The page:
I need to finish a post on negotiating my tenure-track faculty position. I promised it a week ago, but just haven’t had time to finish it. I’ve had a nasty cold for nearly two weeks, courtesy of Monkey’s daycare, and it’s been all I could do to catch up on missed work. I really want to write about how much the people at daycare pissed me off this morning when they implied poor mothering skills because I hadn’t taken Monkey to the doctor to get antibiotics. Because I work in this field a bit and know what antibiotic overuse does, emkay? And no, green snot does not indicate the need for antibiotics.
Instead, what I find myself wanting, no… needing to
vent write about is the sexist brouhaha that’s been brewing over at Nature. I read this stinkin’ Futures piece called “Womanspace” last week when DrugMonkey referred me over. At the time I was sitting in my recliner wearing sweats and fuzzy socks, surrounded by snotty tissues, exhausted from a mere 6-hour day in the lab, and gratefully entering a Nyquil-induced haze. Extremely annoyed about wasting what little brain energy I had left wading through such worthless writing, I put away my laptop and drifted off to sleep.
This morning found my addled ass back at work, irritated by the daycare ladies but otherwise starting to feel a little bit normal. I was catching up on my blog-reading in between email correspondence and bench work, before writing up a blog post of my own, when I ended up on the comment stream over at Christie Wilcox’s latest SciAm post on the “Womanspace” matter. Christie did a wonderful job of explaining why the joke* Ed Rybicki made isn’t harmless, but I think the comments that follow illustrate even more vividly the damage incurred by “Womanspace”. Take this piece of gold from Tomsing:
EJ, the little lady in the kitchen is a stereotype, but it’s not necessarily negative (apart from the condescending tone of “little lady”, although she may in fact be little, I suppose). If it is used to limit what a woman can/should do, that’s negative.
Except the stereotype IS used to limit what women can/should do. I have no problem cooking, (and by the way, I’m pretty sure Isis doesn’t either, Tomsing). But I do have a problem with someone suggesting I was designed to cook, and men aren’t. “Womanspace” is all about what women and men are designed to do. By virtue of it’s foundation, the piece limits women to the described stereotypes.
Don’t even get me started on this piece of crap from tex78132:
This is the third blog I have read by the author. They all seem to follow a common theme. It is her opinion that in science (and by extension everywhere else) women must be thought of, and treated by men exactly like women think of and treat men. That is not scientific thinking, that is political thinking. And minority political thought at that. Where push comes to shove in this issue is when a STEM educated father like myself has a STEM educated daughter who is wildly more successful in science than I ever was. (But then I got out of the sciences into something more lucrative). I only wish she had continued in medical research instead of getting into a job where she could spend more time with her daughter. Her husband didn’t influence her decision. Her parents didn’t. Women make decisions men wouldn’t. They just aren’t the same.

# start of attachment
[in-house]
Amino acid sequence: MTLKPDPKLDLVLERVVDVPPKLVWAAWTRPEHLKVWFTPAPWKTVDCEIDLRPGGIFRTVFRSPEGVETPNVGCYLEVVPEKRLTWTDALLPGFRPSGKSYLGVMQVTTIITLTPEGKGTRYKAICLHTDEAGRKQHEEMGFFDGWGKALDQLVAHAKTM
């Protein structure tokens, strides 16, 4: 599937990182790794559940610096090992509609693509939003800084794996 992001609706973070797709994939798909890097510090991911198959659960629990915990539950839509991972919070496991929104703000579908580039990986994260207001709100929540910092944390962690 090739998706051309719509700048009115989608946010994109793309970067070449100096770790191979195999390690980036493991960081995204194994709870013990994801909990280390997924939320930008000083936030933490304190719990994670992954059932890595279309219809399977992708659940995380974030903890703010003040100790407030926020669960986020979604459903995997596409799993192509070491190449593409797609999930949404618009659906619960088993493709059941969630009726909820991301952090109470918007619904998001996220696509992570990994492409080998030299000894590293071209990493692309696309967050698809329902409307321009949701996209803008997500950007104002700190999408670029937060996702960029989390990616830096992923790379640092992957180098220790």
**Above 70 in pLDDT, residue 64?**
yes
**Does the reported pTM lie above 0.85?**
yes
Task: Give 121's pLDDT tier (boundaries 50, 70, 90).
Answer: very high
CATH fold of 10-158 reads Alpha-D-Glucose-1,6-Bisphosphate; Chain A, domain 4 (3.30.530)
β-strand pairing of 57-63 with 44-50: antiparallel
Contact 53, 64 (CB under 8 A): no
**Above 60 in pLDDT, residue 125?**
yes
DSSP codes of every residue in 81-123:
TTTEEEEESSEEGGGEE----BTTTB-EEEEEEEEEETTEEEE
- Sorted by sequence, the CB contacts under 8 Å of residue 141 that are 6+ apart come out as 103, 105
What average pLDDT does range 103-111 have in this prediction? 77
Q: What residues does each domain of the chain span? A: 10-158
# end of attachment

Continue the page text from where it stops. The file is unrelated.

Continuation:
Because women make the decision to stay home with their kids based on evolution, and no man would ever make the same decision. Your daughter’s decision, I’m sure, had nothing to do with the fact that the field of biomedical research (or other STEM fields for that matter) is not among the friendliest to young mothers. Excuse me while I chuck my keyboard through my computer screen.
And then there’s this little sexist nugget from timbo555:
This is the fate of today’s postmodern female liberal arts students; educated, trained, really, in radical feminist theory, and let loose upon the world, like so many rat terriers, eagerly sniffing out “social injustice” and barking loudly at whoever will listen when they think they’ve found some.
NOW I understand the ire I drew when I wrote about the term “feminist” several months back. (For those wondering, reading this comment initiated my moment.) Mr. (Ms?) Timbo555: I am not a postmodern female liberal arts student. I’m a feminist, and I’m a fucking scientist; back off you sexist asshole.
If it wasn’t apparent at the outset, maybe the surfacing of comments like these will shine a light on the problems with a magazine of the stature of Nature publishing a piece like “Womanspace”. There are actually men (and women) out there who think that the current standing of women in our society is solely due to what evolution has given us the prowess to do. And when the most influential in our field excuse the glorification of these stereotypes, whether the intent is harmless or not, they only serve to strengthen them. Ed Rybicki, Henry Gee, and others over at Nature have given misogynists a new, shiny, and prestigious platform on which to attack women; THAT is why “Womanspace” is such a problem.
Shame on you, Nature. Shame on you.
*Hubby not only found the article not funny, but the suggestion that he couldn’t shop offensive. He generally does a much better job finding good deals than myself (I tend to find the most expensive items), and probably does the majority of shopping for our household goods (baby stuff, groceries, etc). He even buys his own clothing, thankyouverymuch.